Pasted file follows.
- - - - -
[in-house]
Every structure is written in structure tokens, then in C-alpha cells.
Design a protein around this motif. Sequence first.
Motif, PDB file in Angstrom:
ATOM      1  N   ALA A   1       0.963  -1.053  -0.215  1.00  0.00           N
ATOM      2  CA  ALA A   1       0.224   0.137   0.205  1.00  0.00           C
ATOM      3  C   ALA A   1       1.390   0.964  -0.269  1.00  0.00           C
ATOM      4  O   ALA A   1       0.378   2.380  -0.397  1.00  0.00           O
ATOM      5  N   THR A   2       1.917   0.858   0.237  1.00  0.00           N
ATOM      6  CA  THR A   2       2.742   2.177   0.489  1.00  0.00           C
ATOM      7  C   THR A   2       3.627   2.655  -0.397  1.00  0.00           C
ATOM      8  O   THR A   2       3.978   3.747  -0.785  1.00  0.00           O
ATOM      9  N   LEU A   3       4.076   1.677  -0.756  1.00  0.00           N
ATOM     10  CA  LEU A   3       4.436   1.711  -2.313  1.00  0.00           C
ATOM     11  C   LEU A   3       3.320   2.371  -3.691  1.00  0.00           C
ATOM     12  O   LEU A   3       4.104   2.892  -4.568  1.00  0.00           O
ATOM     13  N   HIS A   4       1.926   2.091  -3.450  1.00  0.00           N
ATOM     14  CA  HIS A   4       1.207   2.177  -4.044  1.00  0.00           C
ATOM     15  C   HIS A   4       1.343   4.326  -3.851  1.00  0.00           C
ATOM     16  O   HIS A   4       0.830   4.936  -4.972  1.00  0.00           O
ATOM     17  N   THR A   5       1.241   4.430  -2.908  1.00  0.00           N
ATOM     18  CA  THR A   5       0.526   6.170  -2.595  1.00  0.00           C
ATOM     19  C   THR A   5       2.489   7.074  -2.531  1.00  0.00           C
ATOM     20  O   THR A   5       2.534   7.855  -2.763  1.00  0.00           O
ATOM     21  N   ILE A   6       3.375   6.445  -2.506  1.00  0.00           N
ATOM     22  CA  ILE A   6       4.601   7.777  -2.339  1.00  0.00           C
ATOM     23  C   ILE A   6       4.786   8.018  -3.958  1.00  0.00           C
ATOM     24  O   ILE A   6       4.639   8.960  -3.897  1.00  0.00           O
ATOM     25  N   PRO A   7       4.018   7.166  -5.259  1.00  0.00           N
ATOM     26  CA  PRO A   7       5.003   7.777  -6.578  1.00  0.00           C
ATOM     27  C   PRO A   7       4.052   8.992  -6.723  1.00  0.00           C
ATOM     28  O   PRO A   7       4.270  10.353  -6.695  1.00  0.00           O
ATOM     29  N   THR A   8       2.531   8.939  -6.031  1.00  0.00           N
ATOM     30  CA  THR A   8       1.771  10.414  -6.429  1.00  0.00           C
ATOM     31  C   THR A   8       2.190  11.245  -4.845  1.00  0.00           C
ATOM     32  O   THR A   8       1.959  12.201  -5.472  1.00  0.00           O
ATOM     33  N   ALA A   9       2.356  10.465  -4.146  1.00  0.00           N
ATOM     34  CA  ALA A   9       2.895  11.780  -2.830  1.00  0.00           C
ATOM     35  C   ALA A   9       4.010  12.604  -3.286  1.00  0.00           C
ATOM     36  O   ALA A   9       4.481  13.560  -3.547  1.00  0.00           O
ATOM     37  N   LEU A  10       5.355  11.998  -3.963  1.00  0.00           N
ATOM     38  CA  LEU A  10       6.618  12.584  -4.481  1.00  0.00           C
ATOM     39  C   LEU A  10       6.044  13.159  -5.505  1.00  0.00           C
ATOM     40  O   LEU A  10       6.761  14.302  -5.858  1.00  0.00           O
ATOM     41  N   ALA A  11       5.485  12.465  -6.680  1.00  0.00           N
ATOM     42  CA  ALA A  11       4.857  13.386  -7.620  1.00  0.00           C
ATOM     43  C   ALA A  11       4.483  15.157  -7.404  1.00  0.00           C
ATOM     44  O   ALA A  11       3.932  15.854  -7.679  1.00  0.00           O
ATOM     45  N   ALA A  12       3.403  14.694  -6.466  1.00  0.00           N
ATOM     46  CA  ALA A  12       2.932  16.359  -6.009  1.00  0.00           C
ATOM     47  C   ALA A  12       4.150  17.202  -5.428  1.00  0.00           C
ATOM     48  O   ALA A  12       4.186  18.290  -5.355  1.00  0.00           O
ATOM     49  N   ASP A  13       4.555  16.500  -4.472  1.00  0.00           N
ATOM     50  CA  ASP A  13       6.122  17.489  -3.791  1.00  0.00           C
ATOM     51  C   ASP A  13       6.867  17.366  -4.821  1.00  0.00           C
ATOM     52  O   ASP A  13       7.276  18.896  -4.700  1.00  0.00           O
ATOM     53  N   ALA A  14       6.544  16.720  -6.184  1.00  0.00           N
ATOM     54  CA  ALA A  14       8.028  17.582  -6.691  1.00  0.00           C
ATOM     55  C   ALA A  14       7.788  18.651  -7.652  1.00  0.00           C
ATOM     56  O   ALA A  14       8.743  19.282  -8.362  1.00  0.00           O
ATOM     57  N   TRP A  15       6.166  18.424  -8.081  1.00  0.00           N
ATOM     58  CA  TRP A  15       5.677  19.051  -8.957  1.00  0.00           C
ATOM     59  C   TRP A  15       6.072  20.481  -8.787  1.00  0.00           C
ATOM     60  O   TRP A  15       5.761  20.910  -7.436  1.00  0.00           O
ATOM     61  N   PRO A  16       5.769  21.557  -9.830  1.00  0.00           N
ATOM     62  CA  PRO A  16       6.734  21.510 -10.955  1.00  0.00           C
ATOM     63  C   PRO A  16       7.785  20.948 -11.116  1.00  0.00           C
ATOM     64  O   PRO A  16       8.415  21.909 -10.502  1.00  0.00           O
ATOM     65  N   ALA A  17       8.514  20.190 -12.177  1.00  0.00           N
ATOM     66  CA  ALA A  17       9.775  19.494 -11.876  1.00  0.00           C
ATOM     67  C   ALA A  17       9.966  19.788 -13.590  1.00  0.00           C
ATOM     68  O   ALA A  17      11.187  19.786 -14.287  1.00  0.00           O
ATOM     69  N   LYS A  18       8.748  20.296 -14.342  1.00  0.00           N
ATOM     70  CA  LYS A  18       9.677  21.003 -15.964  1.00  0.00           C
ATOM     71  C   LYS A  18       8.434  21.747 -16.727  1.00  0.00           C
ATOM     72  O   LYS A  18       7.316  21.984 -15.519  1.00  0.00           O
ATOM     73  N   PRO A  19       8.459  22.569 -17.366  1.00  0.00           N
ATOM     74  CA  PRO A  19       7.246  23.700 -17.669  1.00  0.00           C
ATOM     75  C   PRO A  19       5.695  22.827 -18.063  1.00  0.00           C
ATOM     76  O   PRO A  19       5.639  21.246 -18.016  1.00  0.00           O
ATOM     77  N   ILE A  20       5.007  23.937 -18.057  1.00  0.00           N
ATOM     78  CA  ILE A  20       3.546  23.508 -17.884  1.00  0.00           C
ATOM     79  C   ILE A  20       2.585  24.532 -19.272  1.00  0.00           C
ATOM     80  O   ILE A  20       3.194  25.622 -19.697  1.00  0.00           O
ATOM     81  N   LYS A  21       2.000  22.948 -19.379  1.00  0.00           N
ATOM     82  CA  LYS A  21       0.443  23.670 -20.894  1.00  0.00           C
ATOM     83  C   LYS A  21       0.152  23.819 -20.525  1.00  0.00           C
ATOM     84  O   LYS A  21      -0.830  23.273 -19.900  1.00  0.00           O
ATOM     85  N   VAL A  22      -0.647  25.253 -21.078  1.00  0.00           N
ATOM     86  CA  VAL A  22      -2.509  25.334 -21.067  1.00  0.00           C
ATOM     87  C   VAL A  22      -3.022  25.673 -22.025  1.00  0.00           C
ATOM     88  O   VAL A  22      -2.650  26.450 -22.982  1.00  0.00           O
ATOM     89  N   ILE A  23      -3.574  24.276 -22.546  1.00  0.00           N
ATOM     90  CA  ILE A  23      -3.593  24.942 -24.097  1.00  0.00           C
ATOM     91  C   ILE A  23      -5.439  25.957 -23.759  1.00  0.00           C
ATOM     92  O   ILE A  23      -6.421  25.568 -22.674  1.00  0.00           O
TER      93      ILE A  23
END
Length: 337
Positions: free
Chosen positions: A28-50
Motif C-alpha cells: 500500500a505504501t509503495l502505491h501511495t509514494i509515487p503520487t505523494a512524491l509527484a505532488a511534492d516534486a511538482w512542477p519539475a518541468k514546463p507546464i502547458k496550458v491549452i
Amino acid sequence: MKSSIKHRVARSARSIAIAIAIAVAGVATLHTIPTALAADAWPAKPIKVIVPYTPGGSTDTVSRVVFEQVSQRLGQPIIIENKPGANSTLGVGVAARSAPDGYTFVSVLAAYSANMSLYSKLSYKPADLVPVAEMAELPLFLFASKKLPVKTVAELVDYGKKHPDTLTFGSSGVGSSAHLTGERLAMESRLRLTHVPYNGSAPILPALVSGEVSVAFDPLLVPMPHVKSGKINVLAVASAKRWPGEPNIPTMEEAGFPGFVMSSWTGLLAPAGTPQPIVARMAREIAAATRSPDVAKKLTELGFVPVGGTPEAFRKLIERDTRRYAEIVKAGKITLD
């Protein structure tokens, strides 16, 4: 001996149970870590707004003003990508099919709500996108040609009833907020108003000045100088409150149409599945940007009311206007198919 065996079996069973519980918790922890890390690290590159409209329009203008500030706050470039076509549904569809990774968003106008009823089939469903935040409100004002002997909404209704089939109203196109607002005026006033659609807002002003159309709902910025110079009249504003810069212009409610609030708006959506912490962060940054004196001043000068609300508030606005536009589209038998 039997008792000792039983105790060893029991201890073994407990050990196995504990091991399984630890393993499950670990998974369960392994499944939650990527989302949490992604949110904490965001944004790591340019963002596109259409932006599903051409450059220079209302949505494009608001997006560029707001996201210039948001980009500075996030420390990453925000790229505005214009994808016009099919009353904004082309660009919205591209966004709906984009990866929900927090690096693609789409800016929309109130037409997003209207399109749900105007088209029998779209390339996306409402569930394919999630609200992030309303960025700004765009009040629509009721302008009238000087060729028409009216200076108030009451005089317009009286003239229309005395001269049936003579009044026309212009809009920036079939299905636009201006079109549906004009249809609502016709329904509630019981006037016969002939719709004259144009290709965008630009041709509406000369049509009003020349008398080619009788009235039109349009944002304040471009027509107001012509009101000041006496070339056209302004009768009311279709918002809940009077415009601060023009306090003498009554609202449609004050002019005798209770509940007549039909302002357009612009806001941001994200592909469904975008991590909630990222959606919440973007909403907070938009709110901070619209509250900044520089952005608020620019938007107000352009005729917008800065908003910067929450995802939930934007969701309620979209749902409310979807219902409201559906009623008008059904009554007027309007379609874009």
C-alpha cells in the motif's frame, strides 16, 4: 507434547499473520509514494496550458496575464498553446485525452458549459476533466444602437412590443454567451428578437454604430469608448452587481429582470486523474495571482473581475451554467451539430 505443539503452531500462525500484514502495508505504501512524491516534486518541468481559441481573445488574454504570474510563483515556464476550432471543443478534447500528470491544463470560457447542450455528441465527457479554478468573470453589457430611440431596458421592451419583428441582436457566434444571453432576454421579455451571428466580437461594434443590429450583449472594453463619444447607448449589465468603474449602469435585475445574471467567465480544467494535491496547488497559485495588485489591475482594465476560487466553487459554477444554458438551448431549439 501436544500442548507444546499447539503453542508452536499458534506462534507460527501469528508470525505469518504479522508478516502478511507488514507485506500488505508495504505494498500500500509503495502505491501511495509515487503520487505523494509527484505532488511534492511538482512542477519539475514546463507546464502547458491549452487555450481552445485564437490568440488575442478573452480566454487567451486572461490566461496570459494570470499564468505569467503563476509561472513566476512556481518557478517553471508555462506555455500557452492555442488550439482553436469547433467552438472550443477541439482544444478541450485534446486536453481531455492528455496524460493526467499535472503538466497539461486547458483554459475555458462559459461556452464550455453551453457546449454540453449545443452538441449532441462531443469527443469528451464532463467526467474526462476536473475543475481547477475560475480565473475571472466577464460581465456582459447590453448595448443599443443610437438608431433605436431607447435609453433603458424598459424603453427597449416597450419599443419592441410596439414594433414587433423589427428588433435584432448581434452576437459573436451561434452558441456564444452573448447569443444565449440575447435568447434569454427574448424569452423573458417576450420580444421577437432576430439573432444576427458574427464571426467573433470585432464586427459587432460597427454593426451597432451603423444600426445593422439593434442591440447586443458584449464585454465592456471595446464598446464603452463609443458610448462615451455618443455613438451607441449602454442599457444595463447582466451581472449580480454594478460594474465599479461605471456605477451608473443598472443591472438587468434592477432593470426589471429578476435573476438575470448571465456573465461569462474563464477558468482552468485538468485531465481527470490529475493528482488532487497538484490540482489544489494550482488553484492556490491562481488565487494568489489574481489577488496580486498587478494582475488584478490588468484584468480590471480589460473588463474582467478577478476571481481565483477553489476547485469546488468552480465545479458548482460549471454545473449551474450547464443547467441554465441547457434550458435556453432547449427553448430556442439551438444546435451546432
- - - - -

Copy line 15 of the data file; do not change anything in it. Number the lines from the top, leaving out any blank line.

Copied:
ATOM     11  C   LEU A   3       3.320   2.371  -3.691  1.00  0.00           C